It's very good to think about this type of stuff but it's running before you can walk.
  4. #4
    OngBonga's Avatar
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    If limping is seeing a flop a high percentage of the time without a further call, and pots are often getting big regardless, then go ahead and limp something like 22-77, 45s up to 9Ts, Axs and some other suited hands. This is non-standard advice, some people would say it's fishy and they might be right, but if you're capable of getting money in when you're strong, and keeping pots small when you're marginal, then you'll have a lot of success with limping on the right table. You've just got to be aware what "the right table" means.

    As for bluffing, at these stakes people don't like folding, so it's best to limit bluffs to semi bluffs.
    Quote Originally Posted by wufwugy View Post
    ongies gonna ong
  5. #5
    MadMojoMonkey's Avatar
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    Quote Originally Posted by OngBonga View Post
    If limping is seeing a flop a high percentage of the time without a further call, and pots are often getting big regardless, then go ahead and limp something like 22-77, 45s up to 9Ts, Axs and some other suited hands. This is non-standard advice, some people would say it's fishy and they might be right, but if you're capable of getting money in when you're strong, and keeping pots small when you're marginal, then you'll have a lot of success with limping on the right table. You've just got to be aware what "the right table" means.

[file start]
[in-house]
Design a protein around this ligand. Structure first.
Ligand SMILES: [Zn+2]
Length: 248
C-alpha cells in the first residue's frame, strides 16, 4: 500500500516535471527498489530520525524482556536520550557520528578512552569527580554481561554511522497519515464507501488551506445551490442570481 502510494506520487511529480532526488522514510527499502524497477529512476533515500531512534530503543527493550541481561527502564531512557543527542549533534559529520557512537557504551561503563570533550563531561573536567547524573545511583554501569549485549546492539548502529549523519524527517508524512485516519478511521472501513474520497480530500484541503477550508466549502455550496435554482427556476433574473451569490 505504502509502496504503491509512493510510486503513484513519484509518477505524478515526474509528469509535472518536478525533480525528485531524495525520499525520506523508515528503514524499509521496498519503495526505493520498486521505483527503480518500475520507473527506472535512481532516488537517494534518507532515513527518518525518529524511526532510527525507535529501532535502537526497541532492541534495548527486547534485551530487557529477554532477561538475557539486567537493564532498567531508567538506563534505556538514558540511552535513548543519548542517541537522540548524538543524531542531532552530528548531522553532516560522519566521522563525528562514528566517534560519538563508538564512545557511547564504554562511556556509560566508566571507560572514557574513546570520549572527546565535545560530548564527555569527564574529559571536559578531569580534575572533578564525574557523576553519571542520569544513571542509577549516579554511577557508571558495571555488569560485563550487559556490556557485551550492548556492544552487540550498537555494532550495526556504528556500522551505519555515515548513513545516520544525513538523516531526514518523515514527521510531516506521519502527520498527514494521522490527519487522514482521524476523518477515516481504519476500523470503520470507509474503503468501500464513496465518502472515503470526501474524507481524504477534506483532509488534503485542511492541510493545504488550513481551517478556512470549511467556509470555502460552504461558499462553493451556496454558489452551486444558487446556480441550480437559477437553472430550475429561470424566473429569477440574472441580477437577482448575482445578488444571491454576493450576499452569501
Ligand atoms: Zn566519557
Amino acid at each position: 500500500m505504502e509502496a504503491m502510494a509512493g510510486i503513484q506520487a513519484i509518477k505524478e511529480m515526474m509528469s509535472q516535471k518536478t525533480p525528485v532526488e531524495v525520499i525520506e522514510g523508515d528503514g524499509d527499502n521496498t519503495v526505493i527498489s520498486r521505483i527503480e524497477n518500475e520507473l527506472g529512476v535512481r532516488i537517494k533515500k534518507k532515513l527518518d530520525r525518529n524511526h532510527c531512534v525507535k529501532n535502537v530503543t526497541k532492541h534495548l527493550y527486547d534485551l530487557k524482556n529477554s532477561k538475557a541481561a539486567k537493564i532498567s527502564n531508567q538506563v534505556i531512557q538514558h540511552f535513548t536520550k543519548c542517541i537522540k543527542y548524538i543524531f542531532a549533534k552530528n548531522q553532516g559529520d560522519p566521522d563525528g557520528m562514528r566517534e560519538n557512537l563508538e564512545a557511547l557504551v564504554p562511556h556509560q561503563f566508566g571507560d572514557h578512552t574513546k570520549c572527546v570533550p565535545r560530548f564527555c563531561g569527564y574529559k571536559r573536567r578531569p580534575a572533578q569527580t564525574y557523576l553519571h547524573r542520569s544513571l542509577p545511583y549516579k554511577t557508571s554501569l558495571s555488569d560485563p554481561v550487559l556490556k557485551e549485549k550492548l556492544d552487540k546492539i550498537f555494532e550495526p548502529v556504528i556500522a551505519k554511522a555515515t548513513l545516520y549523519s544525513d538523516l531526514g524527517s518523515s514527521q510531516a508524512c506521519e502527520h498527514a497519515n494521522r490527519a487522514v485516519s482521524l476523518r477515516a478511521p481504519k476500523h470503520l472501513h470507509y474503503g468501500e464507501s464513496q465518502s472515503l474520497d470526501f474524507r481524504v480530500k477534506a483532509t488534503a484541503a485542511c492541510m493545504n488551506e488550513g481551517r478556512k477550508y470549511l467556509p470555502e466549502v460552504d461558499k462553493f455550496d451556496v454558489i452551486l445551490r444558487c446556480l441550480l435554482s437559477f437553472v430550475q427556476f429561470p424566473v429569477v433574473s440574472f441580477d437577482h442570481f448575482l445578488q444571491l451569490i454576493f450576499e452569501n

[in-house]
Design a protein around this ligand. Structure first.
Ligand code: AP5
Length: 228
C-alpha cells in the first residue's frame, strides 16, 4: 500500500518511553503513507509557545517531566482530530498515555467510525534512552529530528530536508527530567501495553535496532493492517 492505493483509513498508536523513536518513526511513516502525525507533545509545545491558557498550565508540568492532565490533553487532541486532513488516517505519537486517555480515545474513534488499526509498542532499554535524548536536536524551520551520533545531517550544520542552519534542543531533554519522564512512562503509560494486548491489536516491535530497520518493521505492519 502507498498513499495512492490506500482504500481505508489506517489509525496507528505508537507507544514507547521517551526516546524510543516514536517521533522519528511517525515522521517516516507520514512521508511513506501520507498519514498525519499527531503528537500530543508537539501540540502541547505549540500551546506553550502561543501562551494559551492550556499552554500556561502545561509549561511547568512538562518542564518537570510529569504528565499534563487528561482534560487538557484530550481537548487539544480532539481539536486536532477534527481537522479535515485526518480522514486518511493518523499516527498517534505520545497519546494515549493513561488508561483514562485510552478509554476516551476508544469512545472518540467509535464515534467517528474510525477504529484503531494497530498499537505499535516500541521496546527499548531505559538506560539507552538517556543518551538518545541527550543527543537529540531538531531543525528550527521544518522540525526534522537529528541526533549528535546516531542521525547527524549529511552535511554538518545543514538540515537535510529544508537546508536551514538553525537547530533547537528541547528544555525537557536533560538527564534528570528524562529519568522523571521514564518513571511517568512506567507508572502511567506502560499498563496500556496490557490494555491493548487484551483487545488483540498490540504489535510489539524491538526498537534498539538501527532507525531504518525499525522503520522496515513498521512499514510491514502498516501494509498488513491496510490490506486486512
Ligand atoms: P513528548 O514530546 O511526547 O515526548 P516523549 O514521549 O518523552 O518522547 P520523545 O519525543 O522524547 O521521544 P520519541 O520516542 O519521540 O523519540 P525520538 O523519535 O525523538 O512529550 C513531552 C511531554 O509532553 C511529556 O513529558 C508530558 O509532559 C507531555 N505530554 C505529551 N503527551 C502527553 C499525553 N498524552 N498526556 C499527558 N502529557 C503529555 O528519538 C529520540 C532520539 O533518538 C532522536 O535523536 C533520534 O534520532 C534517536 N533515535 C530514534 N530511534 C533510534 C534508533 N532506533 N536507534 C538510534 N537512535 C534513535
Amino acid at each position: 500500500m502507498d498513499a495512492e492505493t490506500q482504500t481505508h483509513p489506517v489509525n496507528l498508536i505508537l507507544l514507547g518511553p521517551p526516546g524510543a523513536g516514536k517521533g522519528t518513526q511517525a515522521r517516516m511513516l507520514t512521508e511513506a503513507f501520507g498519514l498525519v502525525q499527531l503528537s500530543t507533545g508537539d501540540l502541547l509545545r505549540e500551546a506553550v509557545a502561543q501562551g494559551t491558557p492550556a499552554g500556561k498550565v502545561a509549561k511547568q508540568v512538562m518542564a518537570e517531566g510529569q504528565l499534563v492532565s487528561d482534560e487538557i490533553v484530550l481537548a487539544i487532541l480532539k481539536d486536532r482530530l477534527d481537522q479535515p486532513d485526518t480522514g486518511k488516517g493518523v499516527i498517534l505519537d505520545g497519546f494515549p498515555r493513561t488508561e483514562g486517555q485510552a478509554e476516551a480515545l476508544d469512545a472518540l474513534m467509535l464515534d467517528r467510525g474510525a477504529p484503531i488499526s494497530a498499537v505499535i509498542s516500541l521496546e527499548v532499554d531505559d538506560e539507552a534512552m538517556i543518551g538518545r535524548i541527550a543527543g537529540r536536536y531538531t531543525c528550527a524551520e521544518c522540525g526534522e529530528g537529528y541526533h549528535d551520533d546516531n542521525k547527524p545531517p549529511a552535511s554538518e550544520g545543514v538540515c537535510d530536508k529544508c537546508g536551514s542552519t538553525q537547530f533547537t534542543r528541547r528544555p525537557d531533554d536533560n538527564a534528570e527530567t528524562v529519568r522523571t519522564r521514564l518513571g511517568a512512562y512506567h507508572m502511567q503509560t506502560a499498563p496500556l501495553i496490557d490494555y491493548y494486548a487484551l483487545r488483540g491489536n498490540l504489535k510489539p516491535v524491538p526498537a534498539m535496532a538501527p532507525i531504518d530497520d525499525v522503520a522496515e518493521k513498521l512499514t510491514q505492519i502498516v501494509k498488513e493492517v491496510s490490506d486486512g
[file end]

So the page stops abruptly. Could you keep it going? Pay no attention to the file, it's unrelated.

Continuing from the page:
I agree and my only argument is that it's still probably better to be raising those spots. If you're doing what ong suggests, and are profitable post-flop, then you'll be more profitable if the pot starts a little bigger. This is especially true when your pre-flop raises kinda annoy the other players, but not enough to make them even consider limp/folding.
  6. #6
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    Thanks guys. Let's see if I can put it to them this weekend.
  7. #7
    OngBonga's Avatar
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    Quote Originally Posted by MadMojoMonkey View Post
    I agree and my only argument is that it's still probably better to be raising those spots. If you're doing what ong suggests, and are profitable post-flop, then you'll be more profitable if the pot starts a little bigger. This is especially true when your pre-flop raises kinda annoy the other players, but not enough to make them even consider limp/folding.
    The risk/reward ratio is better when we limp, assuming pots get bloated. If we're risking 2c and win $1, then next pot risk 6c and win $1.50, which is better?
    Quote Originally Posted by wufwugy View Post
    ongies gonna ong
  8. #8
    OngBonga's Avatar